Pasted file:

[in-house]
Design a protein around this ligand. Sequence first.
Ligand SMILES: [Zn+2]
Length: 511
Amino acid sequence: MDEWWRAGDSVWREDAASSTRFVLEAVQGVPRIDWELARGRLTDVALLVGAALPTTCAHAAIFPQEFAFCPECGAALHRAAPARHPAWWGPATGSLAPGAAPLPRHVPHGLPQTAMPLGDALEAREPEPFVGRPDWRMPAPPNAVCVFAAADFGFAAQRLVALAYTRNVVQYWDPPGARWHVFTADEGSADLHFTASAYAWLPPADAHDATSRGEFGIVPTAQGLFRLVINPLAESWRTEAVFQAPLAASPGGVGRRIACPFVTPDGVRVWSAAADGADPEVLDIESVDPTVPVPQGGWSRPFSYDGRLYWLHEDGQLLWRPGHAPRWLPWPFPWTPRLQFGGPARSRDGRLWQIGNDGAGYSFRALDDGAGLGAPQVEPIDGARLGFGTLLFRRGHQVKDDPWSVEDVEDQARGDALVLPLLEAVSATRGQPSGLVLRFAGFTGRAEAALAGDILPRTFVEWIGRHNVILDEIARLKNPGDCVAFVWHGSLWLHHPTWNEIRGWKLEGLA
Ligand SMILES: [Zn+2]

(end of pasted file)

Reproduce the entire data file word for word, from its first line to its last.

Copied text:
[in-house]
Design a protein around this ligand. Sequence first.
Ligand SMILES: [Zn+2]
Length: 511
Amino acid sequence: MDEWWRAGDSVWREDAASSTRFVLEAVQGVPRIDWELARGRLTDVALLVGAALPTTCAHAAIFPQEFAFCPECGAALHRAAPARHPAWWGPATGSLAPGAAPLPRHVPHGLPQTAMPLGDALEAREPEPFVGRPDWRMPAPPNAVCVFAAADFGFAAQRLVALAYTRNVVQYWDPPGARWHVFTADEGSADLHFTASAYAWLPPADAHDATSRGEFGIVPTAQGLFRLVINPLAESWRTEAVFQAPLAASPGGVGRRIACPFVTPDGVRVWSAAADGADPEVLDIESVDPTVPVPQGGWSRPFSYDGRLYWLHEDGQLLWRPGHAPRWLPWPFPWTPRLQFGGPARSRDGRLWQIGNDGAGYSFRALDDGAGLGAPQVEPIDGARLGFGTLLFRRGHQVKDDPWSVEDVEDQARGDALVLPLLEAVSATRGQPSGLVLRFAGFTGRAEAALAGDILPRTFVEWIGRHNVILDEIARLKNPGDCVAFVWHGSLWLHHPTWNEIRGWKLEGLA
Ligand SMILES: [Zn+2]